The earth has been determined by radiometric dating to be

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The Rb-Sr dating method has been used extensively in dating terrestrial and lunar rocks, and meteorites.If the initial amount of Sr is known or can be extrapolated, the age can be determined by measurement of the Rb and Sr concentrations and the Sr ratio. Development of this process was aided by German chemists Otto Hahn and Fritz Strassmann, who later went on to discover nuclear fission in December 1938.The utility of the rubidium–strontium isotope system results from the fact that Sr with a half-life of 48.8 billion years.The dates indicate the true age of the minerals only if the rocks have not been subsequently altered.The important concept in isotopic tracing is that Sr derived from any mineral through weathering reactions will have the same Sr as the mineral.Thus, assigning age significance to a result requires studying the metasomatic and thermal history of the rock, any metamorphic events, and any evidence of fluid movement.A Rb-Sr date which is at variance with other geochronometers may not be useless, it may be providing data on an event which is not representing the age of formation of the rock.

Rubidium substitutes for potassium within the lattice of minerals at a rate proportional to its concentration within the melt.

In addition, Rb is a highly incompatible element that, during partial melting of the mantle, prefers to join the magmatic melt rather than remain in mantle minerals. The radiogenic daughter, Sr, is produced in this decay process and was produced in rounds of stellar nucleosynthesis predating the creation of the Solar System.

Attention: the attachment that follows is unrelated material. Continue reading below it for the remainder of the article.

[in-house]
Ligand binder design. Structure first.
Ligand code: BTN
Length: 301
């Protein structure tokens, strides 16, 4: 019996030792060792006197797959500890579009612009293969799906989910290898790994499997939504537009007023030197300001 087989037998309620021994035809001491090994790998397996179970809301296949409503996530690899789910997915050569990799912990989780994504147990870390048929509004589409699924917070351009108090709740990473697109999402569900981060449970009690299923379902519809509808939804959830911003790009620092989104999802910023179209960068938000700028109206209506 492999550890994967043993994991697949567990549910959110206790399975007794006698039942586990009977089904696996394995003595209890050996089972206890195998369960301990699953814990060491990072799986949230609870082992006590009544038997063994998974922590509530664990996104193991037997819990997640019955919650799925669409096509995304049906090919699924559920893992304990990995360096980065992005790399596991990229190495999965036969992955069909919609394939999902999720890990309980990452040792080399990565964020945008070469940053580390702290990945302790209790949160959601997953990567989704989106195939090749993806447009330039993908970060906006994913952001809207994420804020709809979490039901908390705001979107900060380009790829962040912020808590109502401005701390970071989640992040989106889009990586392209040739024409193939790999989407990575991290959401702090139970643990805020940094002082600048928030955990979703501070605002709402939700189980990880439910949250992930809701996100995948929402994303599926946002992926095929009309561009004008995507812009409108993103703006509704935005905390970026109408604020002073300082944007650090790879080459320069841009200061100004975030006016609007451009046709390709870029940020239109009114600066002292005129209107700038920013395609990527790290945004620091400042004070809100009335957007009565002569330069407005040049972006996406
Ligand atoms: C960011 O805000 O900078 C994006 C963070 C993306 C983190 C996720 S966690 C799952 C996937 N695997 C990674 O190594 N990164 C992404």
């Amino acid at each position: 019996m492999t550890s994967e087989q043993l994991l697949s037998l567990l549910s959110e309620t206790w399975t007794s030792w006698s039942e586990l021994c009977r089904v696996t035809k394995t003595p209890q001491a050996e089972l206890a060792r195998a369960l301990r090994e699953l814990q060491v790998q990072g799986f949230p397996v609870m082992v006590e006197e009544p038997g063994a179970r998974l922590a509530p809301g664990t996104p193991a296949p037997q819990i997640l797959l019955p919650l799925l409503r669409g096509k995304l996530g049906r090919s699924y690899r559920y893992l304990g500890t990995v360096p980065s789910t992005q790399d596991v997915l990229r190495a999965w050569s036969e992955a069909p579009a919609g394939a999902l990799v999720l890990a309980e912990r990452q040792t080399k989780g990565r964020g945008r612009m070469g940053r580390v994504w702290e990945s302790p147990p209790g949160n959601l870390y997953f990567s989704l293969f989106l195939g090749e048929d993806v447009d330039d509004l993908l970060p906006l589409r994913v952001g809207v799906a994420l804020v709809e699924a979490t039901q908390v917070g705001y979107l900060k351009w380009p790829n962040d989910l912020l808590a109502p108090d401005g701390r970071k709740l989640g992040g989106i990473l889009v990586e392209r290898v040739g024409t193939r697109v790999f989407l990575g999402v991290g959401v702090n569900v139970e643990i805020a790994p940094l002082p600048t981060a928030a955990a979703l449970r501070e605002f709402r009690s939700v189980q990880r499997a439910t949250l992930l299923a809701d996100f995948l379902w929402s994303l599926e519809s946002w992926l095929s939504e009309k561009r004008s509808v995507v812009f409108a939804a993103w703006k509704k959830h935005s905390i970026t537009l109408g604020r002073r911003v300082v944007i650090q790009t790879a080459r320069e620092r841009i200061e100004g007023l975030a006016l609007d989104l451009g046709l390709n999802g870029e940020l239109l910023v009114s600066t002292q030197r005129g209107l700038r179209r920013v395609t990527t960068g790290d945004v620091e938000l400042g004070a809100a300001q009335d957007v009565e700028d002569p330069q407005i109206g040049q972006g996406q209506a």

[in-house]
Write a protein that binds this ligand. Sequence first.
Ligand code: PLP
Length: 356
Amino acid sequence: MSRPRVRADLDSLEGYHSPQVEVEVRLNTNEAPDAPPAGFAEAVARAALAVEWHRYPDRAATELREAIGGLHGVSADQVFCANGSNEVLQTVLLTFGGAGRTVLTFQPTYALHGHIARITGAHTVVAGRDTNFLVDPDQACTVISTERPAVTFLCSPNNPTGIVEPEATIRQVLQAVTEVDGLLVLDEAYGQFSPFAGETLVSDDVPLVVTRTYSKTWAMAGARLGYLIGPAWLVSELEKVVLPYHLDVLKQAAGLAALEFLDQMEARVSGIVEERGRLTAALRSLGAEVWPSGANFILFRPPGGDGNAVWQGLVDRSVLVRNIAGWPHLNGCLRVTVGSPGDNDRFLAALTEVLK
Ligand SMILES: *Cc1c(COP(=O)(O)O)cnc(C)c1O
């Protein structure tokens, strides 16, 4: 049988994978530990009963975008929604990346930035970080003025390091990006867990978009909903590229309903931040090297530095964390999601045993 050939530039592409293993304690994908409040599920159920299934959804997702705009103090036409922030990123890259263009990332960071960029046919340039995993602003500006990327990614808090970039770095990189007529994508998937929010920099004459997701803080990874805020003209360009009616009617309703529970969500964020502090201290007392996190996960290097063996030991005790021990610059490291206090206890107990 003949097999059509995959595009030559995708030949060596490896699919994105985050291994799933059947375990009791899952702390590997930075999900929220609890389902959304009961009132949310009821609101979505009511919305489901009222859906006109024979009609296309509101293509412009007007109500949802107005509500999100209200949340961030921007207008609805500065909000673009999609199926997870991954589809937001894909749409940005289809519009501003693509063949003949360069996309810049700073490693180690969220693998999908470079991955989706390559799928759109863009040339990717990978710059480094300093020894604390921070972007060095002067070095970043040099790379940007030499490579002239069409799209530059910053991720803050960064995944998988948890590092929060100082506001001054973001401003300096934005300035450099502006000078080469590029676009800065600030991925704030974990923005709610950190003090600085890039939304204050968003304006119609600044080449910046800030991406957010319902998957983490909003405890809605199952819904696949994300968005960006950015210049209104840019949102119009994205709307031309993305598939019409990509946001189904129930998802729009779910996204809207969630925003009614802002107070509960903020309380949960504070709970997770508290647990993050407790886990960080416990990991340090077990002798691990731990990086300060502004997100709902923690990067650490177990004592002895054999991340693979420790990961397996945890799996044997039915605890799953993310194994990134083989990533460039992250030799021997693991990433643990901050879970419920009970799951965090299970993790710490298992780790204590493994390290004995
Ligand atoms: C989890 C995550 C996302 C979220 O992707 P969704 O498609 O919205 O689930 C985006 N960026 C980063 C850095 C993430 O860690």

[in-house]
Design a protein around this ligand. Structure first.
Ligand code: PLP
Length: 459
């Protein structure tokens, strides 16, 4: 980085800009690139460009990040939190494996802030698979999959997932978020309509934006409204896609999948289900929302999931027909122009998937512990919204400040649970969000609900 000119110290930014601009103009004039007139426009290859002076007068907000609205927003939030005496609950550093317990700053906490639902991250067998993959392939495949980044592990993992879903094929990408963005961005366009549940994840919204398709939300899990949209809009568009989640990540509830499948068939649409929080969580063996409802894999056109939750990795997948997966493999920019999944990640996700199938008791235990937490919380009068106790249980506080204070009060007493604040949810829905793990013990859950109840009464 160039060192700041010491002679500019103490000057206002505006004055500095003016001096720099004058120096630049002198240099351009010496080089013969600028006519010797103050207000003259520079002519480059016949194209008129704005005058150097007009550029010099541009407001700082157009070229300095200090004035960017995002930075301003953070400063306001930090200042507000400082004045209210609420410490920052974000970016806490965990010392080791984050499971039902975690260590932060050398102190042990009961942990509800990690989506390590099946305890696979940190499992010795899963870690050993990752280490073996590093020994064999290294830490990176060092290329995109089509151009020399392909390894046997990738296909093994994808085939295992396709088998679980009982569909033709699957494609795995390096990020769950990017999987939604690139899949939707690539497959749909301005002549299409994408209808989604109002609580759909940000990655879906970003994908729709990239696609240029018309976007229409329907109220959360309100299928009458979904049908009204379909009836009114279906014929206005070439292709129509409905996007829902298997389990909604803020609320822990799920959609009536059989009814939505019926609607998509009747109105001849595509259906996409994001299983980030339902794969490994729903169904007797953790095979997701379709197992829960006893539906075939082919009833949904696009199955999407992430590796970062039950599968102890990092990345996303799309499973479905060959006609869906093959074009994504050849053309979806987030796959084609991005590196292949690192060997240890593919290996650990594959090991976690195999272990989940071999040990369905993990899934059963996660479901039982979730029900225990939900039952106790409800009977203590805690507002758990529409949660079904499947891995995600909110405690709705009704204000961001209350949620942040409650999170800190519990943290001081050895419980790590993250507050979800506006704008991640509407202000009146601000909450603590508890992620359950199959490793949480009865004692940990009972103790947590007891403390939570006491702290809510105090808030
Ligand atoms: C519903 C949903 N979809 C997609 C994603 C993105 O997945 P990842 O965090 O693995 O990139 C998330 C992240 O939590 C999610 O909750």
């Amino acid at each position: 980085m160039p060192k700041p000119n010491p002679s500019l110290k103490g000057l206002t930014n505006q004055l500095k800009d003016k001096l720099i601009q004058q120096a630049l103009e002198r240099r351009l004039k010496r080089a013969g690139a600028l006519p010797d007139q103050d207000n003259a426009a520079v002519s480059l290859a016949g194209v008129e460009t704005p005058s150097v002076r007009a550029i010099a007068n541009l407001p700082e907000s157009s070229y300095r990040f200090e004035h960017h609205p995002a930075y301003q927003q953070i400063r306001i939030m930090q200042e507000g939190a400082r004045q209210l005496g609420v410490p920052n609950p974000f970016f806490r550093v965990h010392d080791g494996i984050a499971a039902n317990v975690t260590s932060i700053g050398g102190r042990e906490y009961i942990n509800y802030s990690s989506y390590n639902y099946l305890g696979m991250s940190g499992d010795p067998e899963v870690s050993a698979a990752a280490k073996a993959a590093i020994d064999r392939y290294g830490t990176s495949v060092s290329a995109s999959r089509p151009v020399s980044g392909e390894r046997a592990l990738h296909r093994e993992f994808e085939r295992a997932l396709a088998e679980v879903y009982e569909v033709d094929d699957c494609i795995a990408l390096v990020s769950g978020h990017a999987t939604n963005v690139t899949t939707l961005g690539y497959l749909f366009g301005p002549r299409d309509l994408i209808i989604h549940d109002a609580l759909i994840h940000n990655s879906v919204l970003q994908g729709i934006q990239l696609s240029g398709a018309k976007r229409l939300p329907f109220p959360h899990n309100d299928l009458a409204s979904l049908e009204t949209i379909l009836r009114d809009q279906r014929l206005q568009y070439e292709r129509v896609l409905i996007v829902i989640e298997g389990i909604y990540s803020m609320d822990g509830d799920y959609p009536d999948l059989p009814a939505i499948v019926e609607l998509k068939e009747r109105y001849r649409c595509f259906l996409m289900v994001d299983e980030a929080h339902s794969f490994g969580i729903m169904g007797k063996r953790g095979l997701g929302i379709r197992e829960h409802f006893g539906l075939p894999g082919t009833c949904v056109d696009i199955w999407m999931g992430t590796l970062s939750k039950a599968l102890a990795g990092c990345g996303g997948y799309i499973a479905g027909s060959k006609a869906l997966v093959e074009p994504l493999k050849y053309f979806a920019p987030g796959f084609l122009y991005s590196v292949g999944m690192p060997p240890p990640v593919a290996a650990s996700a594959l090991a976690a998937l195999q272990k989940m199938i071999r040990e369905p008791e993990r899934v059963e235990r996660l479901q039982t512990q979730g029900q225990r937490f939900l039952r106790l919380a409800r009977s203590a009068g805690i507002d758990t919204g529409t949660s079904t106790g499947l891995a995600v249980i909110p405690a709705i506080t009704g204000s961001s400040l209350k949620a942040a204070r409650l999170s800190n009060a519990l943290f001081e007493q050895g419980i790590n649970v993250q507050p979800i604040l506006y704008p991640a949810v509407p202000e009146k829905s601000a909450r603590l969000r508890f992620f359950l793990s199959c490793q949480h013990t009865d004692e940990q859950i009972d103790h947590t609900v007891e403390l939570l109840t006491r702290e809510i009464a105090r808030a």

Different minerals in a given geologic setting can acquire distinctly different ratios of radiogenic strontium-87 to naturally occurring strontium-86 (Sr as the parent melt.

If we add up the dates from Adam to Abraham, we get about 2,000 years, using the Masoretic Hebrew text of Genesis 5 and 11.3 Whether Christian or secular, most scholars would agree that Abraham lived about 2,000 B. Quite a few people have done this calculation using the Masoretic text (which is what most English translations are based on) and with careful attention to the biblical details, they have arrived at the same time frame of about 6,000 years, or about 4000 B. Two of the most popular, and perhaps best, are a recent work by Dr. The first four in table 2 (bolded) are calculated from the Septuagint, which gives ages for the patriarchs’ firstborn much higher than the Masoretic text or the Samarian Pentateuch (a version of the Old Testament from the Jews in Samaria just before Christ).

Floyd Jones4 and a much earlier book by Archbishop James Ussher5 (1581–1656). The misconception exists that Ussher and Jones were the only ones to arrive at a date of 4000 B. Jones6 lists several chronologists who have undertaken the task of calculating the age of the earth based on the Bible, and their calculations range from 5501 to 3836 B. Because of this, the Septuagint adds in extra time.

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